If however it says to itself “no, Z is not on my network”, then it calls out for the MAC address of a gateway “OK, who has address 192.168.0.254?” to which a gateway device will reply “that’s me! I have MAC 00:11:33:55:ee:ff.’ The gateway IP address is defined at initial network configuration and is typically provided by DHCP, but you may put any IP address on your network there (whether the host at that IP address knows what to do with the packet is another problem.) The packet will then go, from gateway to gateway using multiple frames along a route towards Z before finally arriving at its destination. This is traditionally called communication at layer 3.

    It would be prudent to point out that the packets wrapped in frames for inter and intra network communication look similar. The only distinction is that intra network communication has the MAC and IP address such that they are for the same device. For inter network communication, the IP is for your ultimate destination, the MAC address is for the gateway of the current network which will get the packet closer to that destination.

    How did it know whether a host is on its network? The following is a really hand-waving sidestep to an answer. I suspect most people reading this already know this, but for the benefit of the few that don’t. IP addresses can have their network information appended to the IP address using something called CIDR notation. It looks something like 192.168.0.15/24. The number after the slash is the size of the network. The smaller the number is, the larger the network. Some key numbers for the size of network:

    • /24 -> Last octet (the number after the last dot) can be anything from 0 to 255.
    • /16 -> Last two octets can contain any number from 0 to 255.
    • /8   -> Last three octets can contain any number from 0 to 255
    • /30 -> A linknet with a network of 4 contiguous addresses, of which two are usable as host addresses (the middle two). The first address is a multiple of 4, so it’s any 4 contiguous addresses including the IP address given, with the first address being a multiple of 4.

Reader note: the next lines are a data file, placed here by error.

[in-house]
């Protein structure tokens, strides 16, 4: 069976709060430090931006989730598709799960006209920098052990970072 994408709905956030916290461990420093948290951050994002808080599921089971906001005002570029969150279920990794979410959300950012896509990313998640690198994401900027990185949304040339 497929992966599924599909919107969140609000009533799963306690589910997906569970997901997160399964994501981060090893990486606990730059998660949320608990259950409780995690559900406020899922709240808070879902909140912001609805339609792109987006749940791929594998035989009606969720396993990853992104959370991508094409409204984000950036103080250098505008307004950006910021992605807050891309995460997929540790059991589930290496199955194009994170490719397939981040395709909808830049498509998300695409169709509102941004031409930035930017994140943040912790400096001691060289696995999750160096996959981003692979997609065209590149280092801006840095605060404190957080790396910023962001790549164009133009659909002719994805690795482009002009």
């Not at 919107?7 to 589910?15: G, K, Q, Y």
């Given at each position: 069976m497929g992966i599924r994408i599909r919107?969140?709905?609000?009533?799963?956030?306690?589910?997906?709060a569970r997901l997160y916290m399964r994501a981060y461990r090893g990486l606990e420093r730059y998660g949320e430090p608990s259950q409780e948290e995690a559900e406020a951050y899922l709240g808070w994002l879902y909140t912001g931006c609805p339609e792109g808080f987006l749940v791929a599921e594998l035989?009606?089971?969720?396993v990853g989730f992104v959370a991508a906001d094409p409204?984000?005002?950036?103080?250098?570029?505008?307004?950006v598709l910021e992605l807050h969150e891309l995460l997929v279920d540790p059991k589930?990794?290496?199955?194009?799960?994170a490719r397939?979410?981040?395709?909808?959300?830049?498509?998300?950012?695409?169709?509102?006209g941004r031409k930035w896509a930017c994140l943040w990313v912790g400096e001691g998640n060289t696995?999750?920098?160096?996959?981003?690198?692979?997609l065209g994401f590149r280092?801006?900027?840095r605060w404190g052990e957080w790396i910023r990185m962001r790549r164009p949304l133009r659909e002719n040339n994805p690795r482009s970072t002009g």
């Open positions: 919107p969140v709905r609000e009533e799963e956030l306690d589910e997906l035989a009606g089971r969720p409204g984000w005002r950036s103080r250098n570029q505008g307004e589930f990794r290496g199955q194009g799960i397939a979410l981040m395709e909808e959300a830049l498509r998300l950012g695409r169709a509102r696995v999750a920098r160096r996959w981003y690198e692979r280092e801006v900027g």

Some examples

    • 10.10.10.10/24 -> The address 10.10.10.10 is on the network which encompasses 10.10.10.0 to 10.10.10.255
    • 10.25.25.30/30 -> The address 10.25.25.30 is on the network which encompasses 10.25.25.28 to 10.25.25.31
    • 10.25.25.29/30 -> Same network as above

    There are other ways of representing these networks, like 10.10.10.10 with netmask 255.255.255.0. I will only be using CIDR notation for this blog post however. I should also say that no knowledge of TCP is needed for this discussion on routing.

    An aside on the OSI model

    When I say that intra network communication (ie. by MAC address) is “at layer 2″ and inter network communication (ie. by IP address) is “at layer 3″ I am referring to the layers as defined in the OSI model. This is a theoretical framework to separate duties that are used for effective communication between two devices. The plan was for OSI to have 7 layers, with a protocol at each layer (eg. one for encryption, one for session management) where swapping any protocol at any particular layer did not affect the other layers. That was the plan anyway. In reality the TCP/IP model gained traction before the OSI model crystallized and the rest is history. It’s just the numbering convention that has stuck even though it bears little resemblance with the internet we use today. For those interested there is a fantastic article on the subject.

    In summary

    A pictoral representation of a packet in a frame

    A packet, addressed by IP wrapped up in a frame, addressed by MAC address

    So, in bullet point form, the facts needed for the rest of the blog post are:

    • Communication between two devices on the same network is at “layer 2″, addressed by MAC address using frames.